One of the most asked for and least understood option for a pole building is designing for an attic “bonus room”. A bonus room is exactly what it sounds like – it is extra space, a “bonus”.
For sake of simplicity, let’s think about this in the realm of only a gable style roof. A gable roof has a slope on each side and the peak directly in the center. While we can engineer some very sophisticated areas, the idea here is to create some affordable space.
In order to maximize the usable space, it is best to go with the steepest possible roof slope. The limitation will be most prefabricated roof truss companies can only build and deliver trusses which have a 12’ overall height. This means the roof slope limitations are about 11/12 for 24’ wide buildings, 9/12 for 30’ wide, 7/12 for 36’ wide and 6.5/12 for 40’ wide. Clearspan widths of greater than 40’ are just not practical or affordable.
Now the fun parts! How wide and tall will this room be? The room width will be approximately ½ of the span of the truss. As the truss span increases, the room width will become slightly less than ½. How tall will it be? Plan on a 7’6” tall finished ceiling. Allowing for ¾” oriented strand board (osb) on the floor and 5/8” drywall, the framed height is usually 7’8”.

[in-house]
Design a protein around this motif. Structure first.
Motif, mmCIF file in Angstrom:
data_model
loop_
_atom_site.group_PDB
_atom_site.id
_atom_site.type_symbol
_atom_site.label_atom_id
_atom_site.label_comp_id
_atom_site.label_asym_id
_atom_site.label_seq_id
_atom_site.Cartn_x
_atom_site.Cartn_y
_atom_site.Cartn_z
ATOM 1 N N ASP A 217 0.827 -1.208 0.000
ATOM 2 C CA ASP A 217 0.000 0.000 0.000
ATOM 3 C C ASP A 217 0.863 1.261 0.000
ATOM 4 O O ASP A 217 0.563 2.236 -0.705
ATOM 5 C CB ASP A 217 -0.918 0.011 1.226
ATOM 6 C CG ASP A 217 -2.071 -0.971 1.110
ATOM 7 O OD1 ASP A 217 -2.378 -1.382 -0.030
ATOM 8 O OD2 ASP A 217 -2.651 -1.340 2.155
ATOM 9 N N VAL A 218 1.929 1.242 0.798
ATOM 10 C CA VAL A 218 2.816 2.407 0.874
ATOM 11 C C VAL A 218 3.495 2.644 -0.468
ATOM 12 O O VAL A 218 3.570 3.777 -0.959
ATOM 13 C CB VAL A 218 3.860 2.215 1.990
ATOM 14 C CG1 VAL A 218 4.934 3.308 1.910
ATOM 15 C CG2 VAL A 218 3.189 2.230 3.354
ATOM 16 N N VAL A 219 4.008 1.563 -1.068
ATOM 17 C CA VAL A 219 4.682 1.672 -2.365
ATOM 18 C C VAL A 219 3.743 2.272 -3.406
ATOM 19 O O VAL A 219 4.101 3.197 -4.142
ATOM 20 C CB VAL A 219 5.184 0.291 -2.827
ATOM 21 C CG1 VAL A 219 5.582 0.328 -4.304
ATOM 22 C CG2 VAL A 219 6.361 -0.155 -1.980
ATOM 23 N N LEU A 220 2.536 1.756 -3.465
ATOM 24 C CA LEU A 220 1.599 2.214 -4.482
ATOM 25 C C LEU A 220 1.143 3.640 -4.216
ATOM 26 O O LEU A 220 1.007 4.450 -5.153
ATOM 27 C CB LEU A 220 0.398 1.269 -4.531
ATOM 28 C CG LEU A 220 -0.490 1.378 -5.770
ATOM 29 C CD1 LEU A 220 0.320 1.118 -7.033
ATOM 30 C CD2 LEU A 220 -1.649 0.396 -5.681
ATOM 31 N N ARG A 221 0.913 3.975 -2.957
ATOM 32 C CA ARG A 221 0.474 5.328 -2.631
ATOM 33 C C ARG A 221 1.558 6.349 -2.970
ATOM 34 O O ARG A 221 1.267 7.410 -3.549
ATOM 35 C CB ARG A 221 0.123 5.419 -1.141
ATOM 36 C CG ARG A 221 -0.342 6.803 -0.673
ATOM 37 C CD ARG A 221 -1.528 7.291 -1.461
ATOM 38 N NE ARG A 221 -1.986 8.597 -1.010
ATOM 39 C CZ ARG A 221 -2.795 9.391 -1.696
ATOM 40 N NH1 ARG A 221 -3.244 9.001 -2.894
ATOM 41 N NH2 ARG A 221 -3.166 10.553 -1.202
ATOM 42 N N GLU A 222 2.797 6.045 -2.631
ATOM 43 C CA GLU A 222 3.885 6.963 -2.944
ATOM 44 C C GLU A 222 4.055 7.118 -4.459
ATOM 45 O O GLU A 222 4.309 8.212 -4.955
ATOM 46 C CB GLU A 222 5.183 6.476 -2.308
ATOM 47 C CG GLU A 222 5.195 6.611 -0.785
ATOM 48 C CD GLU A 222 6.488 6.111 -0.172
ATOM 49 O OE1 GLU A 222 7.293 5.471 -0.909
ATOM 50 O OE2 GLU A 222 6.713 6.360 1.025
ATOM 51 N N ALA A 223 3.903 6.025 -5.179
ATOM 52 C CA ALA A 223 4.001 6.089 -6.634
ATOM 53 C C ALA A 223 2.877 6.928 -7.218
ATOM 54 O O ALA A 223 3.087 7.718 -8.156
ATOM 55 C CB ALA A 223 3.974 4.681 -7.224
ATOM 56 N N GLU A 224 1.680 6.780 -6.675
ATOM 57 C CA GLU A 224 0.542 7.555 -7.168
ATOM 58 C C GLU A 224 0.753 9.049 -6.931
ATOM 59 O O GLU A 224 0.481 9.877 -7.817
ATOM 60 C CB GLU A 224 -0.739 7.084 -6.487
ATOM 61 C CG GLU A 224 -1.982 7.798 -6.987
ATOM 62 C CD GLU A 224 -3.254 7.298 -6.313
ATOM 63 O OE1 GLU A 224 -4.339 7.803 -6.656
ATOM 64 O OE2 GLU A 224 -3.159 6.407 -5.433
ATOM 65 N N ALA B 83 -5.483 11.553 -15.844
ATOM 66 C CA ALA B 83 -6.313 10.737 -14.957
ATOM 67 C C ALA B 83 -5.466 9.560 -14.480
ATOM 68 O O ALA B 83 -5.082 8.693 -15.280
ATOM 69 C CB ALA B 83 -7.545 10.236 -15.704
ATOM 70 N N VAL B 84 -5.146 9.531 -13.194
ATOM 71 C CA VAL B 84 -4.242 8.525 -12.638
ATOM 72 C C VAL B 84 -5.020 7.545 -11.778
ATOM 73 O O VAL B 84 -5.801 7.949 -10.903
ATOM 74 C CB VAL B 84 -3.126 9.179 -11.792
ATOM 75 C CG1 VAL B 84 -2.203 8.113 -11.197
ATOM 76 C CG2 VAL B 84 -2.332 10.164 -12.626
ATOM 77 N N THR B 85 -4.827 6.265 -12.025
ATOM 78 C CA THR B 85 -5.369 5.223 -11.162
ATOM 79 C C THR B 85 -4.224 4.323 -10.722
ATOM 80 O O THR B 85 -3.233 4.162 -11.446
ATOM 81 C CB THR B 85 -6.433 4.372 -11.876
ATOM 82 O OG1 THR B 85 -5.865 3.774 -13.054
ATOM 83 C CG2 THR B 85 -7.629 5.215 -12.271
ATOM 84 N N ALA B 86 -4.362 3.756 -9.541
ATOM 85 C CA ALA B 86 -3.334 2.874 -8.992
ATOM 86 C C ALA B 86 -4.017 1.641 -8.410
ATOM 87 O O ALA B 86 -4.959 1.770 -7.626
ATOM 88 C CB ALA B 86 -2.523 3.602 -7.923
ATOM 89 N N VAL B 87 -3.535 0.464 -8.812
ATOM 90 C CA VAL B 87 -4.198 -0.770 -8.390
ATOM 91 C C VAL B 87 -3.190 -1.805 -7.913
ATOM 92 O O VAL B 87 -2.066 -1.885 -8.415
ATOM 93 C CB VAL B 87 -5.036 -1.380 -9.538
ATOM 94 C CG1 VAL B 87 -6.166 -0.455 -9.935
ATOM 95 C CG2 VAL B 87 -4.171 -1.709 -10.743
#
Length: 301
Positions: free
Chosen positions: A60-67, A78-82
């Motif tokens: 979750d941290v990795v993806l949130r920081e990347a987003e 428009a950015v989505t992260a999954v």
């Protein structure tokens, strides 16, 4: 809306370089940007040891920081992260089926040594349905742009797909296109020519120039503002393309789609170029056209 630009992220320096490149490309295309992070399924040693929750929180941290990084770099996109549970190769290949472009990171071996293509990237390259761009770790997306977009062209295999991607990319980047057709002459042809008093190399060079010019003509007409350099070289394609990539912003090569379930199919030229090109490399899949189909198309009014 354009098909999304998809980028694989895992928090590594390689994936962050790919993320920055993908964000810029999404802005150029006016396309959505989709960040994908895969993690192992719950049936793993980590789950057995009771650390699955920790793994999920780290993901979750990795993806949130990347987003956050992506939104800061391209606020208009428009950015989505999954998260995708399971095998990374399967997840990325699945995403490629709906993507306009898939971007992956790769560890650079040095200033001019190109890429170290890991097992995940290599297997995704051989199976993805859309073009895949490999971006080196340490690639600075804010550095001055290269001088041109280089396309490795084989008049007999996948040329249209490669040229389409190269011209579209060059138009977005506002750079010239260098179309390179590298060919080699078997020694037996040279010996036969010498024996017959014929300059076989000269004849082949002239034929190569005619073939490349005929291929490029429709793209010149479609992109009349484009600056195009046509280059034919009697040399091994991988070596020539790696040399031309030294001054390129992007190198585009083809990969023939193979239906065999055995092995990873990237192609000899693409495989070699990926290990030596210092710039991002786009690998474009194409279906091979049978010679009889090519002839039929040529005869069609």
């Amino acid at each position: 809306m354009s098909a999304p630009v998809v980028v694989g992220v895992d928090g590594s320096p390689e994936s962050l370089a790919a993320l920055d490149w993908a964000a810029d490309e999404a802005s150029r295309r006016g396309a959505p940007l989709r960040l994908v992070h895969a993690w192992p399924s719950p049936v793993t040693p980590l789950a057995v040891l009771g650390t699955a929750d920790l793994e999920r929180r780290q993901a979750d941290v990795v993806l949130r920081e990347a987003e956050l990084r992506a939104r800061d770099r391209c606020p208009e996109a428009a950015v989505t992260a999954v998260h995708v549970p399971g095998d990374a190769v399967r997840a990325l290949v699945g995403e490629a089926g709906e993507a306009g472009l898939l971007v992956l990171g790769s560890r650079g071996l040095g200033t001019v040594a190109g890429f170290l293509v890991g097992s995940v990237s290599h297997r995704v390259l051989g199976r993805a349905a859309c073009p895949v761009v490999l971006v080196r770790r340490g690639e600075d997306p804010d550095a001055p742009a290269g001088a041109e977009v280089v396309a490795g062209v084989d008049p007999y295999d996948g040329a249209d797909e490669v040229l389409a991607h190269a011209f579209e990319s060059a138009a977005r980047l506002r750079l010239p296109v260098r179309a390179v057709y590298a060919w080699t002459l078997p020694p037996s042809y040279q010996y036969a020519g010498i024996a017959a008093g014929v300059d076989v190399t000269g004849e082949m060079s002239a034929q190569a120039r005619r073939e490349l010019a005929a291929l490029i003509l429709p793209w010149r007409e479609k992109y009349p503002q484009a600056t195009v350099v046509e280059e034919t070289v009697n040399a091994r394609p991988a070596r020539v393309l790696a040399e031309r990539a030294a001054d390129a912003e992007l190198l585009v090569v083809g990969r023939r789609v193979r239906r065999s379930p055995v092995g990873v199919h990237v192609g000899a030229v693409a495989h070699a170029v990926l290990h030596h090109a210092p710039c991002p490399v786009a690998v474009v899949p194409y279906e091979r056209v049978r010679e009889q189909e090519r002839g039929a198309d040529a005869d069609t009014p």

If you are drawing this out on paper, you will see a portion of this room is going to have a sloped ceiling. The areas towards the eave sides of this room become far too short to walk, or even crawl in.
How will this room be accessed? As you are now creating a building with a mixed occupancy – with garage/shop/storage below and living space above, the two areas must be separated by a one hour fire assembly. This will typically entail two layers of 5/8” Type X drywall on the ceiling of the lower level. Stairs require the same degree of fire protection, so often it is most practical to create a deck off one end of the building, with a door into the bonus room from the deck, and stairs to the deck.
If the floor level of the bonus room is over 12’ above grade, a landing will need to be provided in the run of stairs. The landing dimensions must be at least equal to the width of the stairs.
Prudent design would also place a window large enough for egress in the end of the bonus room opposite the stairs. A four foot square sliding or single hung window will be adequate for these purposes, and will afford ventilation.
With proper planning a bonus room can be a valuable addition to your property. As a general rule of thumb, the resale value of this created space is double the cost of the improvement!